Drawing on both theory and major case studies, this book provides a much-needed sociological and comparative analysis of the world of the manager in the context of misconduct within business organizations. Organizational misbehaviour and crime have been relatively neglected in the social sciences, particularly in business studies. Analyses have tended to be fragmentary, overly slanted towards narrow external views - such as those of legal control and public policy - and predominantly North American. Dirty Business rectifies this by offering a broad sociological perspective related to work, organizations and management, supported by a range of key international case studies. In developing his arguments, Maurice Punch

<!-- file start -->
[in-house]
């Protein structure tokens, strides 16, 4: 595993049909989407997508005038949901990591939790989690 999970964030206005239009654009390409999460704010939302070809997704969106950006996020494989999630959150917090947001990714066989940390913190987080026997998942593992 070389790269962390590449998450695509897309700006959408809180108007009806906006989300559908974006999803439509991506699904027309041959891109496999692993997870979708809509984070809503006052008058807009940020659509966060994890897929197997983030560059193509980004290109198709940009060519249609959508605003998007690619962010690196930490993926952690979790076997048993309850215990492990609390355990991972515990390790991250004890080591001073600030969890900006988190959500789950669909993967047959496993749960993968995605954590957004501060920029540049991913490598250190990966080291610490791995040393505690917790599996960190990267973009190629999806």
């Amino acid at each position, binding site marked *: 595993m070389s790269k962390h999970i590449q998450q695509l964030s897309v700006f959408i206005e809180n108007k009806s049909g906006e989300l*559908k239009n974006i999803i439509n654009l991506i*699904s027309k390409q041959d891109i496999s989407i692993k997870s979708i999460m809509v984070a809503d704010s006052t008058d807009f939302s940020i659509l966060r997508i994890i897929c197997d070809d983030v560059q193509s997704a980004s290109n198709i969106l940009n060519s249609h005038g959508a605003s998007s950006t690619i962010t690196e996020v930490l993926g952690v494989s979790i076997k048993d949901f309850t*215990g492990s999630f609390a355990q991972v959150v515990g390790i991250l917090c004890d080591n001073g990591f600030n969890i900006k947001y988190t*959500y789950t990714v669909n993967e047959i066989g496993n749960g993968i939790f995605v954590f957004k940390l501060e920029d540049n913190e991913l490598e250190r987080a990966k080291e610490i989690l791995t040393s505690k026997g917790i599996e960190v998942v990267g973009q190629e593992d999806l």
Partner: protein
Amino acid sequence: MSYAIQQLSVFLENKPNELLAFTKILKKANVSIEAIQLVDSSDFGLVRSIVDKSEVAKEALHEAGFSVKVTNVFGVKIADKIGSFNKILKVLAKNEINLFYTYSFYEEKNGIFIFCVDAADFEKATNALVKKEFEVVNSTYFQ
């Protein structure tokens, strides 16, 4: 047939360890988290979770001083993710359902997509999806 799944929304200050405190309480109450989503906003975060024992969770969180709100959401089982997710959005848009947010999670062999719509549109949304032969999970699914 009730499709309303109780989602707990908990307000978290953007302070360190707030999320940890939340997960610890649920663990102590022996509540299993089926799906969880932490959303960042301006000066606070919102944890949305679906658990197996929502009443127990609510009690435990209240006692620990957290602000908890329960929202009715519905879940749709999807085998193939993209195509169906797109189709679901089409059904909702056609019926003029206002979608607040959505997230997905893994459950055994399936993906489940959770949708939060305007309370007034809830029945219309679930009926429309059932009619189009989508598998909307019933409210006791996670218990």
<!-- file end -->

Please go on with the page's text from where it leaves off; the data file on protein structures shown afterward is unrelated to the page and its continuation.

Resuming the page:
White-Collar Crime and Organizational Deviance: Consequences and Control

White-Collar Crime and Organizational Deviance: Consequences and Control

White-collar crime and organizational deviance: Consequences and control

Literature and Concepts

Virtually everyone writing on the subject of white-collar and corporate crime commences with the obligatory and repetitive observation that there is a lamentable paucity of substantial work in this area. By this people mean not so much that little has been written (cf. Coleman, 1989: Croall, 1992), but rather that there has not been a great deal of conceptual and theoretical work, while the concept of ‘white-collar crime’ defies delimitation in a way that might create a coherent sub-field within Sociology or Criminology. Margolis (1979: 403) wrote of the ‘immaturity’ of theory in the field which had ‘not developed much since Sutherland’; and a decade later Clarke (1990: ...

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